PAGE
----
Saturday, July 20, 2013

The Cure for the Dog Days of Summer

It’s mid-July.
It’s HOT in southeast Nebraska and other parts of the country.

Mulberries on the bush. Dark purple and black berries are ripe. 
Days when the temperature tops out in the high-80s are a welcome relief from other days when temperatures approach the three-digit mark. The humidity reading is often almost identical to the temperature. It can be hard to breathe as you shuffle from the air-conditioned car to the air-conditioned house.

The old-timers call these “the dog days of summer,” when heat from the sun drives the fish into cooler areas such as weed beds and stump fields , deeper water, and shaded flowing water where there are cooler temperatures. That makes the fish less active during daylight hours and the spots where they go to avoid the sun and warmer temperatures more difficult for the fly angler to fish.

That means the fish move to places where there is protection from the direct rays of the sun, which makes the water cooler (shade), where there is an acceptable level of oxygen in the water, and where there are aquatic insects, small fish or other food sources. It also often means they are hiding in submerged growing vegetation where the angler finds it difficult to present a fly, or to fight the fish after a strike.

The “dog days” mean tough fishing.

But, late yesterday morning when I was taking Gabe, our Chesapeake Bay Retriever, on a short walk in the pasture, slipping from the shade of one tree to the next, I noticed the mulberry bushes growing near our barn were still producing fruit. The branches were loaded with berries and the ground beneath them was littered with dark purple and black mulberries.

“Mulberries!” I said out-loud, “It’s time to go carp fishing!”

Gabe looked at me out of the corner of his eye, as if to say, “Hey Boss, I do ducks, geese, pheasants, quail, maybe a dove or two, but I draw the line at scales. You’re on your own on this one, buddy.”

If you’ve never caught a carp on your fly rod, you’re missing some great action. Carp have kind of a bad reputation in this country (more because of their social skills than their sporting qualities), but in many other countries they are considered to be superior game fish.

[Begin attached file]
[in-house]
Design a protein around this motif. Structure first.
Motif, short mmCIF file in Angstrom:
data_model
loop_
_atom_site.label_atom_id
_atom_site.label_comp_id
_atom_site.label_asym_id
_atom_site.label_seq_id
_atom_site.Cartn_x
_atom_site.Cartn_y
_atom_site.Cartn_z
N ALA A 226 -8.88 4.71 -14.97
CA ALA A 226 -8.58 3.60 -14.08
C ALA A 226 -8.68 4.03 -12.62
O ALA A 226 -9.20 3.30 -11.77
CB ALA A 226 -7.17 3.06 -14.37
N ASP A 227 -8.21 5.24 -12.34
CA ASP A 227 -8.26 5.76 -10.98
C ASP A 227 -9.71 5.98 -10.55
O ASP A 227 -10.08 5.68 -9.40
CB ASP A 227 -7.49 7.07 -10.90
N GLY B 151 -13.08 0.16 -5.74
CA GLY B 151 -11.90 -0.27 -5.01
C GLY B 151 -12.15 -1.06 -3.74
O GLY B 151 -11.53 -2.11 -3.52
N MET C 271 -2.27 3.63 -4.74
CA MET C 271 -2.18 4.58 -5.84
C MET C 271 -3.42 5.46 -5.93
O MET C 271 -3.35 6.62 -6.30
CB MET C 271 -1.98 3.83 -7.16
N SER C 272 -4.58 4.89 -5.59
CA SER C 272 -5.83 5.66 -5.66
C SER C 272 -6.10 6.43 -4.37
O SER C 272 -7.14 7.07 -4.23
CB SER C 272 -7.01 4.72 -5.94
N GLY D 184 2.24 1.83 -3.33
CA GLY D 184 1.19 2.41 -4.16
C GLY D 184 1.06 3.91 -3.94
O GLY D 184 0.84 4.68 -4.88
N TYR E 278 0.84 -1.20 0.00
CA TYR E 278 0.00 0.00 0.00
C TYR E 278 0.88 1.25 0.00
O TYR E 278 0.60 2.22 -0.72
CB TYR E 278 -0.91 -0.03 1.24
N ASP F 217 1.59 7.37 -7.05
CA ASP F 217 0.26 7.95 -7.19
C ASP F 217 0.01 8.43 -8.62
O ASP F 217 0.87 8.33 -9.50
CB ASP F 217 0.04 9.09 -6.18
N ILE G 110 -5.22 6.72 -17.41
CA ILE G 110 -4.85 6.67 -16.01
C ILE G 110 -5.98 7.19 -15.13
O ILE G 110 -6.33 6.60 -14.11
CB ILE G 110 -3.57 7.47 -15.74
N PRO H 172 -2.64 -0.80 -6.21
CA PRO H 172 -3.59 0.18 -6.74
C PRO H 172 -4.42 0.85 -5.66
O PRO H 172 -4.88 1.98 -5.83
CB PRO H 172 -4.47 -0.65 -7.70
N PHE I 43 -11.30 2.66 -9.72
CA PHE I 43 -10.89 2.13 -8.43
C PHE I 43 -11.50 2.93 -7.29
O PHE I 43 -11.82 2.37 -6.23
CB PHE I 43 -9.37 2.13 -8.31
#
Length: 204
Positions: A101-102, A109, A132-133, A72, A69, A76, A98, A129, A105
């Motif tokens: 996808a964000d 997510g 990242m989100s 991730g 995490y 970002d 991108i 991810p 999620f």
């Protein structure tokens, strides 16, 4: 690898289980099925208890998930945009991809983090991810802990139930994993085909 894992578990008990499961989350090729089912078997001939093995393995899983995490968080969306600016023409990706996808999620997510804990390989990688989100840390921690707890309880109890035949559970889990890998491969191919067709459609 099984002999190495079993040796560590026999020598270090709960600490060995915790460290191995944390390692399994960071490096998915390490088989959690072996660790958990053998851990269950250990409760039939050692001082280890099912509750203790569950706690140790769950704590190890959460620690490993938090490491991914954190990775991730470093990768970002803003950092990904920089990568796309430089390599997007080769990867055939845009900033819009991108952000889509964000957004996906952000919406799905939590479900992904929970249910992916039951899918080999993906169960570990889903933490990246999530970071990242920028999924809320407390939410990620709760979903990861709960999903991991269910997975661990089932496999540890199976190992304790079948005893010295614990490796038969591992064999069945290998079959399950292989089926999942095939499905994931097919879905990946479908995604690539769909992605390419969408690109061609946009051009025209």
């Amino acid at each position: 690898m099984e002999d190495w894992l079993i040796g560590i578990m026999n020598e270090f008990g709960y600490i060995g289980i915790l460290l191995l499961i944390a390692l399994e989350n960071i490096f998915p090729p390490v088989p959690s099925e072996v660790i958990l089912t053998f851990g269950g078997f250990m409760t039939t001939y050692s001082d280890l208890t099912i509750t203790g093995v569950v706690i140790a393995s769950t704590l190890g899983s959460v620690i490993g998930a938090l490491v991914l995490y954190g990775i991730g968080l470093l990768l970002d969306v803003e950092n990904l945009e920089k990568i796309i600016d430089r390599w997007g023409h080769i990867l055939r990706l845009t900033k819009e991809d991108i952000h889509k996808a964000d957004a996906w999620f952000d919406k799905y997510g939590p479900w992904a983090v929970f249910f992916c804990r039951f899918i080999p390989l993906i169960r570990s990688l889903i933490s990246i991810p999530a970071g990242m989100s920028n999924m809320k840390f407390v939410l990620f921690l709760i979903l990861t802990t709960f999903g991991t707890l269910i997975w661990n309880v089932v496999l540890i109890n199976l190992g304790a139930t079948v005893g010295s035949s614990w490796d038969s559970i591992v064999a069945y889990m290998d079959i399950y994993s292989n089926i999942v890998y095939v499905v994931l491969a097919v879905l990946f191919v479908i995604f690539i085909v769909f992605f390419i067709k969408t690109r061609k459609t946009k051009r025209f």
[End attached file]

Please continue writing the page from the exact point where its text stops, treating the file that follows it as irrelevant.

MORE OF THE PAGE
I’m not going to go into all of the carp’s attributes here, other than to say they are abundant in most areas of the country, they grow to large size, fight well when hooked, and are great at the table after being smoked, grilled, fried or baked.

During “the dog days,” carp are easy to find and aren’t affected by the heat as are other species. One of my favorite ways to catch them when nothing else will even look at my fly, is with mulberry flies.

Mulberry flies fool hungry carp.
Mulberries grow along the banks of creeks, streams, rivers, farm ponds and  the quiet coves of many lakes.  The plant’s branches bend and reach out over then water and ripe berries fall into the water where carp often gather and suck them up.

When I’m fishing a creek, stream or river, I like to cast into the current flowing along the bank above the mulberry bushes and let the current carry my fly over feeding carp.

Carp don’t make dramatic strikes at the fly like a bass or northern pike, instead it slowly sucks the fly into it’s soft mouth, feels and mouths it a little and then leisurely turns and moves away.  That’s when you should set the hook and be prepared for a fight. A carp is best described as a “brawler”. Think late nights at Irish pubs.

As I mentioned earlier, the carp is not known as America’s most popular sport fish, but it is one scrappy fish well worth the attention of warmwater fly angler.



Mulberry Fly
Hook -- Mustad 3367 #6
Thread -- Danville’s Black Flat Waxed Nylon
Body -- Medium Black Chenille
Rib – Purple Krystal Flash
Stem -- Black Goose Biot Fiber

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